Large Electronâ€“Positron Collider
The Large Electron-Positron Collider (LEP, German designation Large Electron-Positron Storage Ring ) was a particle accelerator at the European Organization for Nuclear Research CERN in Geneva.
He was in operation from 1989 to 2000 and served as a collider for electrons and positrons with center of mass energies of up to 209 GeV in the final stage LEP2 (see also Colliding Beam Experiment). ALEPH, Delphi, L3 and OPAL, which provided some important scientific discoveries in the eleven years of operation: On him four large experiments were in operation with them the exact mass of the W and Z bosons was determined and proved that exactly three light neutrinos exist.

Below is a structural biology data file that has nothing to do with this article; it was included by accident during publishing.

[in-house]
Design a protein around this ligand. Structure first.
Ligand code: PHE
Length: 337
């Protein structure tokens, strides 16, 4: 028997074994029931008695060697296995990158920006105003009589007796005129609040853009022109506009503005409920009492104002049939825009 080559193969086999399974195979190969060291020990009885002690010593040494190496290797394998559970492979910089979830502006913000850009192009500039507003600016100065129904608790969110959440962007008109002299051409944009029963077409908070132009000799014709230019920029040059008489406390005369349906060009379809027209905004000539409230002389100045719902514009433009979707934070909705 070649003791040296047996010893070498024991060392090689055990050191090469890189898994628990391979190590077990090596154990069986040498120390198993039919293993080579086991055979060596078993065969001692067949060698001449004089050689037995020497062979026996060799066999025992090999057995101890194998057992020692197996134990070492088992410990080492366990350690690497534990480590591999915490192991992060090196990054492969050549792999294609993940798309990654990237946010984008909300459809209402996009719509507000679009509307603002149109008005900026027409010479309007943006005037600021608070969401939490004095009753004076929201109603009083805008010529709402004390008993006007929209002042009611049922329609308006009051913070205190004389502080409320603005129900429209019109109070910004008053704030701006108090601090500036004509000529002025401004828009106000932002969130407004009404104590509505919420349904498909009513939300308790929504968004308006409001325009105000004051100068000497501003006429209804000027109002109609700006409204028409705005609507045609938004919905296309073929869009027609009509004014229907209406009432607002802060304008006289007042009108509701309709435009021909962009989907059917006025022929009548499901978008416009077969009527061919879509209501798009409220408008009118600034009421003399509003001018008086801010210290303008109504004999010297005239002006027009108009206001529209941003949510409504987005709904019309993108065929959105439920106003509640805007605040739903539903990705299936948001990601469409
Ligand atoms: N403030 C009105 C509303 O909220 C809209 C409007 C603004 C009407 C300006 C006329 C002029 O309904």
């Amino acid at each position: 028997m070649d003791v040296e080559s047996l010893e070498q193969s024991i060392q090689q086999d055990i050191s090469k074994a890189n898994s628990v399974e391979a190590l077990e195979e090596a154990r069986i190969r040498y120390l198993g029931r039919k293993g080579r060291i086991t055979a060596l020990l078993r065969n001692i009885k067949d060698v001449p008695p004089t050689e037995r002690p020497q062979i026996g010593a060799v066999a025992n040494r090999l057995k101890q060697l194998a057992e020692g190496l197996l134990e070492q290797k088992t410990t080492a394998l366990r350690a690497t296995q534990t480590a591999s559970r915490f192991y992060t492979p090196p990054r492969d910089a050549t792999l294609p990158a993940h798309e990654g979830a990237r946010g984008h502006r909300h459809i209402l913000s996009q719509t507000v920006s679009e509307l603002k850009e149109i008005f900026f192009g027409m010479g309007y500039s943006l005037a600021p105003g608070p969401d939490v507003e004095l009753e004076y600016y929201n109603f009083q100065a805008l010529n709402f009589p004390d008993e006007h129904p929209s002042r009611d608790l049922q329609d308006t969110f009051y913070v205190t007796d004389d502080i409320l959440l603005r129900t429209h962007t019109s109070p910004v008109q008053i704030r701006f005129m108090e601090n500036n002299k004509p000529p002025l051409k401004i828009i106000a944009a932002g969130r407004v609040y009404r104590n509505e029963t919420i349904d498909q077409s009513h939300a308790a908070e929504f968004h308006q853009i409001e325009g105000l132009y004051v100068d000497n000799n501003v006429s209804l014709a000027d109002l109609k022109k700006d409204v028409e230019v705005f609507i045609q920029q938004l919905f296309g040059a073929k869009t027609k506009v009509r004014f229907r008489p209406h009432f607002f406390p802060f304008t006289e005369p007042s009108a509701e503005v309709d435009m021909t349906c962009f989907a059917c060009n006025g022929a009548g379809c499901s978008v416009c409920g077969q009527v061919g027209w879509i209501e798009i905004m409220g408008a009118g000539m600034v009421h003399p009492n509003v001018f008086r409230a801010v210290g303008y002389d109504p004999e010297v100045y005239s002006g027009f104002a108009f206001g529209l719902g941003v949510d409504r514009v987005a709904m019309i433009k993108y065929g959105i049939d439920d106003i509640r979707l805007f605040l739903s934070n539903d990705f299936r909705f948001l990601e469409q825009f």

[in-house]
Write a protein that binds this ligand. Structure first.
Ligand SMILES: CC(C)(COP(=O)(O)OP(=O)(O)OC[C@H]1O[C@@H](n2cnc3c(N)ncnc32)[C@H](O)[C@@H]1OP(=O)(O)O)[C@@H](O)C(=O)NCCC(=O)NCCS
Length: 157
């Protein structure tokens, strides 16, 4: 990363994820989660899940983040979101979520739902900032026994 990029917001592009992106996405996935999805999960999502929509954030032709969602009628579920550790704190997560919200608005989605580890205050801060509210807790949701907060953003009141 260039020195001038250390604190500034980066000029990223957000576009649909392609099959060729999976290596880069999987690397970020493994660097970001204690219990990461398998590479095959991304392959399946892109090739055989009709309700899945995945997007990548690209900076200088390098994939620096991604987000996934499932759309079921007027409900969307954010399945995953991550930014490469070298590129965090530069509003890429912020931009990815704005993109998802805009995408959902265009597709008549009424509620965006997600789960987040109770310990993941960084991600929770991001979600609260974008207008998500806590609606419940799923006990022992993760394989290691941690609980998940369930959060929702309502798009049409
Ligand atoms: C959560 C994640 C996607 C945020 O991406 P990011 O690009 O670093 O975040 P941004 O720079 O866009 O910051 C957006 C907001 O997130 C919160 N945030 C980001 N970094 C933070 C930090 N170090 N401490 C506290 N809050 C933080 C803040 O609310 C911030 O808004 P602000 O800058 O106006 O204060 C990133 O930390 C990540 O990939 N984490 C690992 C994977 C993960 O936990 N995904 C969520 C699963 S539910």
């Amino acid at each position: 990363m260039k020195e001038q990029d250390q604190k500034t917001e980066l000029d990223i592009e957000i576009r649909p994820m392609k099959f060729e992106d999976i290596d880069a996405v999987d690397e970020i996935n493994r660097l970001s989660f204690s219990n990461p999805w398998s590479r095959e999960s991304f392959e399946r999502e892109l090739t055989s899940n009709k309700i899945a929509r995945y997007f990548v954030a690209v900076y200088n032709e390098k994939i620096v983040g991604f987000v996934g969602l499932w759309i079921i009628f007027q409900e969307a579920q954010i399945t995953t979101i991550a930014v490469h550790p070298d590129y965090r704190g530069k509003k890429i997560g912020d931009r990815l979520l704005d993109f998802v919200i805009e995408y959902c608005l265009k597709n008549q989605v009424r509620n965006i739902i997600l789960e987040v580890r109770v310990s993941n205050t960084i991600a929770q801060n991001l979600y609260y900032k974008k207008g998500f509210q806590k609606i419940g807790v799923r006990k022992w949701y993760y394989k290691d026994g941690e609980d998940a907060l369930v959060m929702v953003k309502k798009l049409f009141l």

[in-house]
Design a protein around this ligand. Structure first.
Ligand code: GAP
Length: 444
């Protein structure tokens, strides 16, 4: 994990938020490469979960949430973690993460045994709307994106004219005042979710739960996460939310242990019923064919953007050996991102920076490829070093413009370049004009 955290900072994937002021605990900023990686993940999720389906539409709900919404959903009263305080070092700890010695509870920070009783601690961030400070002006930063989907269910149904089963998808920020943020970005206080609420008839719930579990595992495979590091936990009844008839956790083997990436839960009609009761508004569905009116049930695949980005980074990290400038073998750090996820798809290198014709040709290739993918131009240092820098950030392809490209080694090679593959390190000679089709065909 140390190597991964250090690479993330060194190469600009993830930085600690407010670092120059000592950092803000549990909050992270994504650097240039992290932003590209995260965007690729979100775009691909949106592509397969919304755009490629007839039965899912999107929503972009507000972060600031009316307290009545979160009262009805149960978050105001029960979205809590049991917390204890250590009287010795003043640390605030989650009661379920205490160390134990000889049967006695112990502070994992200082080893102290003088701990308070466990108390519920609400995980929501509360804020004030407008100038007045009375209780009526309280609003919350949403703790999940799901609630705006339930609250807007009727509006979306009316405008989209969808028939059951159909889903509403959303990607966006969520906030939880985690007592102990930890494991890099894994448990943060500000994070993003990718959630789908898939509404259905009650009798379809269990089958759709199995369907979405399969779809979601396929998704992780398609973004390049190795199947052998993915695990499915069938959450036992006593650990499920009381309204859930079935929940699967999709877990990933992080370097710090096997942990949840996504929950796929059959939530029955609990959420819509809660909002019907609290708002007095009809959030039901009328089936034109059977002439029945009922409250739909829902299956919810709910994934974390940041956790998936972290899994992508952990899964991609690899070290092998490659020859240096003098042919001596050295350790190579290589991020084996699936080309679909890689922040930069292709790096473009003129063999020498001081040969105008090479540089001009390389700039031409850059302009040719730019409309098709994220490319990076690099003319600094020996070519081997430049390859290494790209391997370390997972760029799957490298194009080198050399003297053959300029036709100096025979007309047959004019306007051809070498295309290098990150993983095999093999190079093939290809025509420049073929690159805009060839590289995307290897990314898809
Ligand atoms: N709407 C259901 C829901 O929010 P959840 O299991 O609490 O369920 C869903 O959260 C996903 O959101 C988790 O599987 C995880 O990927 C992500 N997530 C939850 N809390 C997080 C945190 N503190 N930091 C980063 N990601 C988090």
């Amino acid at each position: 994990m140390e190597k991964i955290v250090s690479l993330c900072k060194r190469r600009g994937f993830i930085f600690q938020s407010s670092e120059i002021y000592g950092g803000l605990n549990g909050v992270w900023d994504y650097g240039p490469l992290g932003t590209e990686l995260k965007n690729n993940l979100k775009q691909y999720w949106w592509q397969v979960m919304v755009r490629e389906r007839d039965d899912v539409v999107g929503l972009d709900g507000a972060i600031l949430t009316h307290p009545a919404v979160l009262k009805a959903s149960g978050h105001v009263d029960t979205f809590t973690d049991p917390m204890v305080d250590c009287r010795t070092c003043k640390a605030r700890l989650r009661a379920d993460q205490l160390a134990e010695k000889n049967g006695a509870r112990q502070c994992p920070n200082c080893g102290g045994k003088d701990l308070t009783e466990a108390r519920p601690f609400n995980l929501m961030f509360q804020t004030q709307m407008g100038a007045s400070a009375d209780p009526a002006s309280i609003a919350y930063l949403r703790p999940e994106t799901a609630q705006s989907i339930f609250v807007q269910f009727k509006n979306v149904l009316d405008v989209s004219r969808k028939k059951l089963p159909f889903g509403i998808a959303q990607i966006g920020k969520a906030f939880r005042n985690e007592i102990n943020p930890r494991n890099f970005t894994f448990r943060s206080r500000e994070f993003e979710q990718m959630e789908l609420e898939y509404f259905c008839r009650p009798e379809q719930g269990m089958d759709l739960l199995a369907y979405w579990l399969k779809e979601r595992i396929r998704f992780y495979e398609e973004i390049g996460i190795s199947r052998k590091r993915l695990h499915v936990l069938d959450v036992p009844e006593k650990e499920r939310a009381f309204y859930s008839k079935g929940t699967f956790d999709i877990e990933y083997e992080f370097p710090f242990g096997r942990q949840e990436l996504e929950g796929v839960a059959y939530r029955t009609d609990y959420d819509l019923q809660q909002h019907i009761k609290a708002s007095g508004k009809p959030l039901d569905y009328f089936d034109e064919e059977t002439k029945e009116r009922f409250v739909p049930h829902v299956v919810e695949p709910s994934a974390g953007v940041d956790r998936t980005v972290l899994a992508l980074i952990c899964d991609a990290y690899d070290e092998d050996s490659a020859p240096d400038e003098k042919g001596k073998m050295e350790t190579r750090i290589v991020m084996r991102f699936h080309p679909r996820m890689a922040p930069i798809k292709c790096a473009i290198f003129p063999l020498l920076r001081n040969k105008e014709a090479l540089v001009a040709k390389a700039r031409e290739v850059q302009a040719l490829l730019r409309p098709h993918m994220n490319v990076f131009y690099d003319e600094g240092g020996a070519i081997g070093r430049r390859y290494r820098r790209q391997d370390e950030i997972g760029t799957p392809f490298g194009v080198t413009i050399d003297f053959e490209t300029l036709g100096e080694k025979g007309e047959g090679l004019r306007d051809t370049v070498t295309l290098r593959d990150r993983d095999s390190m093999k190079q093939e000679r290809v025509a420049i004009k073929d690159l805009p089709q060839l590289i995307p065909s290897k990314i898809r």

The LEP had a circumference of 27 kilometers and was 50-175 meters below the surface in a tunnel at the border between Switzerland and France. The tunnel was converted to operate in it as of 2008 the successor of the LEP, the Large Hadron Collider can. On 10 September 2008, the operation of the new plant was added.